The 21st century dawned with news that two media megaliths, AOL and Time Warner, were to merge. Critics howled that the vast tentacles of a combined AOL-TW would subsume us all. Today, Time Warner confirmed it's spinning off AOL, ending a business saga that defined whatever you're calling the 2000s.

In retrospect, AOL's deal to acquire — and then be run by — Time Warner marked the end of a century when old media conglomerates were at their peak. The merger, valued at $182 billion when it was announced, was the largest in U.S. history. It is also arguably the most disastrous in history. The combined value of the two companies — both inflated by the dot-com bubble — was $350 billion. Today, before the spin-off goes through, the whole shebang sports a market cap of just under $28 billion.

Now that the struggling old media company is parting ways with its fast-shrinking internet toy, the media's hand-wringing over the deal nine years ago looks absurdly hubristic in retrospect.

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Here are some quotes from early 2000, after the deal was announced (and about a year before it was consummated):

  • New York Times: A "merger of tree-snapping behemoths... the Godzilla of the Internet... wed the King Kong of content. It is a natural time for the other denizens of the jungle to wonder what the future will hold for the colossal couple and the world they inhabit."
  • USA Today: "It's one of those rare events that seems to change the world overnight... We're shocked... "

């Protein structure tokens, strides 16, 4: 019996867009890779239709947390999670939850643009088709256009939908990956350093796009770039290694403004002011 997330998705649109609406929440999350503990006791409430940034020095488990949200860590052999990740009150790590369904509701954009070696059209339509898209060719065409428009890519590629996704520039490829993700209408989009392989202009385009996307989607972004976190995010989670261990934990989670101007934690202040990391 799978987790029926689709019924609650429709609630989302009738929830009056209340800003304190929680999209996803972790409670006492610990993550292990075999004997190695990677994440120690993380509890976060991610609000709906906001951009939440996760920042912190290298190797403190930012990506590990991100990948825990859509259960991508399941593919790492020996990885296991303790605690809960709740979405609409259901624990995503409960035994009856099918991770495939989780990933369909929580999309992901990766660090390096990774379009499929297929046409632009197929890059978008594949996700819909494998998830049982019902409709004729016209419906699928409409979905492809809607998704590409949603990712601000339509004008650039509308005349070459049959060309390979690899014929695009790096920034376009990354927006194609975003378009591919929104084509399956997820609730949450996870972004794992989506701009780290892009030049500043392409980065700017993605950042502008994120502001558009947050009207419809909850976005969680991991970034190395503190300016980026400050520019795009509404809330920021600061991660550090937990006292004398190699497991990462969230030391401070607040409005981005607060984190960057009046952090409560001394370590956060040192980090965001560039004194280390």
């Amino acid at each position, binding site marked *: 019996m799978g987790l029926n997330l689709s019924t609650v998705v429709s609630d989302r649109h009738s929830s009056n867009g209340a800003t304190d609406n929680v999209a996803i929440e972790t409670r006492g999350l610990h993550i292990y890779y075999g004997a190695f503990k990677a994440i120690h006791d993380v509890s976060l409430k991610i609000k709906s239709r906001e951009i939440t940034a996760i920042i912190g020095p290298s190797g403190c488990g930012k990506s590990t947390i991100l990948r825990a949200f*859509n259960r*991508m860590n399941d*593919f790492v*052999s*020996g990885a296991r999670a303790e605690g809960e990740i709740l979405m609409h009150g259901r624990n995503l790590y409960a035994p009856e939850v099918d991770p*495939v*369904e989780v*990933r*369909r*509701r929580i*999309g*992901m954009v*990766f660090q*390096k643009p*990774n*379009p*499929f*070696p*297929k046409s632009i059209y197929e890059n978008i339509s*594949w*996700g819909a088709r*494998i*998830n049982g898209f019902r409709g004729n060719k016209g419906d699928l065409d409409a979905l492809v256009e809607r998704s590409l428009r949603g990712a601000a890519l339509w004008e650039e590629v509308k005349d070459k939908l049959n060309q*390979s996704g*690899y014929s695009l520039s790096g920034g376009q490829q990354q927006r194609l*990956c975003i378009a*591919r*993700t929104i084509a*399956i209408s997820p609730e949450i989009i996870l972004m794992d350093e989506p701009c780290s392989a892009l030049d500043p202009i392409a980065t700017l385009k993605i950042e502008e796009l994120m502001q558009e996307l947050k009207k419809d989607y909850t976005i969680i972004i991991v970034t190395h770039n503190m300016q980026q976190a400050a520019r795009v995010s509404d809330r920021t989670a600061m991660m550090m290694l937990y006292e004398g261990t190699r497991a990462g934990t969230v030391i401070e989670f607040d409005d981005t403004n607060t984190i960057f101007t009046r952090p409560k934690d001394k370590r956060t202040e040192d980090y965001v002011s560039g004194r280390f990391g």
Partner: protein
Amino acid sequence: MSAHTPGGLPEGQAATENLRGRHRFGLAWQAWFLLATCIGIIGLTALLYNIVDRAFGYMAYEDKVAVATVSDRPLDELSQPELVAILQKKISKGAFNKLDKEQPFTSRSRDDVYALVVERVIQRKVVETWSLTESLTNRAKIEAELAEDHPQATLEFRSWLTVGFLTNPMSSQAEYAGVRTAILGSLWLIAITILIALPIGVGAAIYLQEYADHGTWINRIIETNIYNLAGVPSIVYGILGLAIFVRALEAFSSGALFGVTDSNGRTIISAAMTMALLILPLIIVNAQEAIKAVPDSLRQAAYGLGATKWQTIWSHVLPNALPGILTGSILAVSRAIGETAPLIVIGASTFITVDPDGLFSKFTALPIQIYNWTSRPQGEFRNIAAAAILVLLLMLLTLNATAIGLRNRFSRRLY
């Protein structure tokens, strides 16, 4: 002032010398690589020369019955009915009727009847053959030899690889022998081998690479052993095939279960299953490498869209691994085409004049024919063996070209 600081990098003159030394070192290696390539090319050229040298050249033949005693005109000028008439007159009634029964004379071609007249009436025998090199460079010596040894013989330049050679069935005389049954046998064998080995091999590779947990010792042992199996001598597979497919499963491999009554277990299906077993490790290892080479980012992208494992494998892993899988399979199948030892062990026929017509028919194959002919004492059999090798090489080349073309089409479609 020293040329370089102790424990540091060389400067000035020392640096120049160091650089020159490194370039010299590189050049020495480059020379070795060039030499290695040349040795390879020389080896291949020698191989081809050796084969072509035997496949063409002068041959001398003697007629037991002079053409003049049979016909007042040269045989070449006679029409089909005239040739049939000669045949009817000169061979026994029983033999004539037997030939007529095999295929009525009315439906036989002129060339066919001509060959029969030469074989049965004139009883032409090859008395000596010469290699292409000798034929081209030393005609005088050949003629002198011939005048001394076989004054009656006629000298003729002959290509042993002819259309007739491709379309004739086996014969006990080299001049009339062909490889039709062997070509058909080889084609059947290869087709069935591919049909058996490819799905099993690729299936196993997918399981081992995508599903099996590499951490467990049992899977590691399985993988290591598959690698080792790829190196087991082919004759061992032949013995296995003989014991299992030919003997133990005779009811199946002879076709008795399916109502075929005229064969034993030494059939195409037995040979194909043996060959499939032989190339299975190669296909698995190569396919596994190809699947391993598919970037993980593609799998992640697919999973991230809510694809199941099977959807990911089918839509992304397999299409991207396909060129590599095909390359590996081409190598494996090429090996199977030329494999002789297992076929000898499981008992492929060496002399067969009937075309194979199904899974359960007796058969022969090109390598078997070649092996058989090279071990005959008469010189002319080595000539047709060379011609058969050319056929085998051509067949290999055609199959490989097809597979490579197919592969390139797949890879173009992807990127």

• Newsweek: "AOL Time Warner will be unchallenged in its online customer base and hold vast cable-television assets."
  • Regional telco SBC Communications, as quoted in CBS Marketwatch: "The merger will establish, through a web of equity and contractual interests, one interlocking conglomerate with control over both the high-speed pipes consumers use to connect to the Internet and the content they access once they're online."
  • Salon, April Fool's Day: "AOL Time Warner announced Friday that it had acquired France."

There were some pessimists; a columnist named Paul Krugman wrote that only time would tell about the wisdom of the deal, and that it's possible " some big businessmen have just made a very big mistake."

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Instead of fearsome tentacles everywhere, Time Warner is now left with the old-line business it was in before the 2000 deal. Except those assets — cable networks, a movie studio, magazines — now face more obstacles to growth than they did eight years ago.

AOL chief Tim Armstrong, the former Google sales chief, finally has his own company to run; it remains to be seen whether he can reverse AOL's steadily declining advertising revenues. But it's Time Warner that's left with the tougher job: Proving media conglomerates can still post impressive growth amid the rise of online media consumption.